Thailand's Constitutional Court may have finally done what months of anti-government demonstrations failed to do -- unseat Prime Minister Yingluck Shinawatra.
In a ruling Wednesday, the court ordered Yingluck to step down, finding her guilty of abusing her power by transferring a senior civil servant to a new position in 2011 and freeing up another job for a relative, an accusation she denies. The court also ordered nine cabinet ministers to resign. The remaining members quickly appointed Deputy Prime Minister Niwattumrong Boonsongpaisan as interim leader.
The roots of Thailand's political crisis come down to simple math: Thailand's opposition Democratic Party does not have the votes to compete against Yingluck's Pheu Thai party, comprised primarily by rural and lower class voters from the north, at the polls. The Democrats, who led the demonstrations against Yingluck, have not won an election in almost 20 years.
In place of free and fair elections, opposition politicians have leaned on elite bureaucratic institutions -- the courts, the army, the crown -- to maintain their power. These institutions form the backbone of Thailand's traditional political establishment, whose authority is threatened by Yingluck's electoral majority.
For Yingluck's supporters, the ruling represents the latest effort by the opposition to oust the democratically-elected leader by underhanded means. Anti-government demonstrators, comprised primarily of southerners and urban elites, took to the streets in November 2013 in an attempt to unseat Yingluck and have battled the government in the streets for the better part of the last six months. But until now, they have had little success in achieving their goal of removing the Shinawatra family from the Thai political scene.
Few among these institutions have played such an outsized role in the current political crisis as the Constitutional Court. The court, as Dominic J. Nardi, an expert on Southeast Asian politics and a Ph.D candidate at the University of Michigan, writes, "was not necessarily created with the altruistic goal of protecting fundamental rights. Rather, constitutional court justices serve to enforce the policy preferences of the political elites who appointed them -- a sort of ‘insurance policy' against populism or electoral defeat."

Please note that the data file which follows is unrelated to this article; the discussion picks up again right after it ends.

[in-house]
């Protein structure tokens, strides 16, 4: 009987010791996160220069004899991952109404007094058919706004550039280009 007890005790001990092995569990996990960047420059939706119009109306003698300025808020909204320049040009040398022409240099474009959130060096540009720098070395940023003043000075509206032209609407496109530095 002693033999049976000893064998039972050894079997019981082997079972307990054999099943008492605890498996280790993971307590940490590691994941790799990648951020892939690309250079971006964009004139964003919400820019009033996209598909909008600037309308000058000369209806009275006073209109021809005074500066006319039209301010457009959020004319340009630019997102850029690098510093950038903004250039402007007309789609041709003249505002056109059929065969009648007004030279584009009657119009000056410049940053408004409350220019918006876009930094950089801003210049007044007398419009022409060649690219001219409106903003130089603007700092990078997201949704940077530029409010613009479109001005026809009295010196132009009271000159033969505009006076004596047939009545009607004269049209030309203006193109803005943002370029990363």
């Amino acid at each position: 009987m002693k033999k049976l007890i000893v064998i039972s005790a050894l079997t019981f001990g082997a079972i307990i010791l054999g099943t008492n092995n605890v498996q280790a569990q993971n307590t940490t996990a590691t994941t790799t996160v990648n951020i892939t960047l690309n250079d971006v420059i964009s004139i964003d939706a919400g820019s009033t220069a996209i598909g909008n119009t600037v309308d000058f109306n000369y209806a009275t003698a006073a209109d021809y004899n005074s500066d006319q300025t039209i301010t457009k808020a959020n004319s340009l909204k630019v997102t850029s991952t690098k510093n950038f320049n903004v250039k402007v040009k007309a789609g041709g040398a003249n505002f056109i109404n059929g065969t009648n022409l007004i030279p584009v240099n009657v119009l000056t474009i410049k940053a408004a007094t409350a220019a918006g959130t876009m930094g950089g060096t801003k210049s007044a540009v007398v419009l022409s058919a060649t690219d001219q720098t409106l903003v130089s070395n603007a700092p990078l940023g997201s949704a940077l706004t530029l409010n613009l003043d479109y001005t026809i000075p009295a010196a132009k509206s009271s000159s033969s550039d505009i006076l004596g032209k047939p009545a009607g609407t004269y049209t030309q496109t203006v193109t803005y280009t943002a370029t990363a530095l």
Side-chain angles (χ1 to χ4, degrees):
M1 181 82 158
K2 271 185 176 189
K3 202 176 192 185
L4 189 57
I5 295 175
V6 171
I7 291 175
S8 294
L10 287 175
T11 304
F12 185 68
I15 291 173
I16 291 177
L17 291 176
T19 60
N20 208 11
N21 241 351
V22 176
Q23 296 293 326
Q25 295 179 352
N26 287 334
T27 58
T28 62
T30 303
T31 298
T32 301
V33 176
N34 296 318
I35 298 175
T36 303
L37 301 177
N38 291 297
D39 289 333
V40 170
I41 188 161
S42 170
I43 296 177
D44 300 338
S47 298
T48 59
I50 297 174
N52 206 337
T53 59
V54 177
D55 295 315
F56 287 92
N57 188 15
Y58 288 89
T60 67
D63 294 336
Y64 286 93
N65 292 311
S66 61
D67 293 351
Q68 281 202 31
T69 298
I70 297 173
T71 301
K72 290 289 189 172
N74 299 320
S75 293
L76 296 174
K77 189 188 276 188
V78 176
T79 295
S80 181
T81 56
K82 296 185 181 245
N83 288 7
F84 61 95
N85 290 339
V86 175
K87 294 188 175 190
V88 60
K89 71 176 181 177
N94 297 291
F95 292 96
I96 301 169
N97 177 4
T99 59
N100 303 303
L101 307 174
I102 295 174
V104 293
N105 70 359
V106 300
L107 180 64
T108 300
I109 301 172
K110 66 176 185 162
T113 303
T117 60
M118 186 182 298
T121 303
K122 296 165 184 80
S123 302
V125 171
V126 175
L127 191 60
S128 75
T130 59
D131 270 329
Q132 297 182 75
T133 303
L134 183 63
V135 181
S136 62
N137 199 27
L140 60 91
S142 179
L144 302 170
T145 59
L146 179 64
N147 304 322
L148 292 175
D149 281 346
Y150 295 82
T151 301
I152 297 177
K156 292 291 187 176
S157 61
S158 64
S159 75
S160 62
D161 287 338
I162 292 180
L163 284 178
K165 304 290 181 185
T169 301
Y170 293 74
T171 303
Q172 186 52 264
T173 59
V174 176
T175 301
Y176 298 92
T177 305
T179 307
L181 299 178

Indeed, the ouster of Prime Minister Yingluck is only the latest example of the type of politicized judicial activism that has come to define the bench. The Constitutional Court, established in 1997 as an additional check on Thailand's various government branches, had a mixed record in its early years. It initially took an aggressive tack in combating official corruption, removing a number of politicians in graft probes during the late 1990s. The court actually exonerated Thaksin Shinawatra, Yingluck's brother, in a corruption case after he came to power in 2001 behind the same coalition of rural, lower-class voters who support his sister.
Yet in the mid-2000s the court became increasingly aligned with Thailand's traditional political power brokers. In 2006, after opposition politicians boycotted the vote, the court invalidated the electoral victory of then-Prime Minister Thaksin. Later that year, the army seized control of the government in a bloodless coup. Facing corruption charges, Thaksin left Thailand in self-imposed exile.
Thailand's military leaders established a new Constitutional Tribunal in the wake of their ascension to power. In 2007, the tribunal dissolved Thaksin's Thai Rak Thai party, alleging fraud in the 2006 election.
These decisions were only the beginning of a judicial effort to dismantle Thaksin's political machine. In 2008, the court removed Prime Minister Samak Sundaravej, a Thaksin ally, because he allegedly accepted payments to be on a cooking show.
High-profile acquittals of leaders of the Democrat Party, the main opponents of the Shinawatra political dynasty, have hardly helped the court's reputation for issuing one-sided rulings. In 2010, the court dropped electoral fraud charges against then-Prime Minister Abhisit Vejjajiva and his ruling Democrat Party.
In November 2013, the court ruled against a proposed constitutional amendment that would have changed the structure of the Senate. As currently structured, one half of the legislators in the 150-member body are appointed by judges and civil servants. The measure would have converted the chamber to a fully elected 200-member institution. The opposition Democrat Party petitioned the court to review the bill on the grounds that it gave too much power to Yingluck's Pheu Thai party, which maintains greater popular support.
After the decision, Supot Kaimook, one of the nine judges of the Constitutional Court, claimed the court was concerned about the rights of the minority. "Thailand's democratic system allows the majority to set the standard," he wrote. "But once it uses its power arbitrarily and suppresses the minority without listening to reason, this makes the majority lose its legitimacy."
This system, he asserted, could no longer be called "democratic." "It results in the tyranny of the majority," he said.
The court, it seems, can always be counted on to combat tyranny -- the kind of tyranny that will strip the Bangkok elite of their power, anyway.
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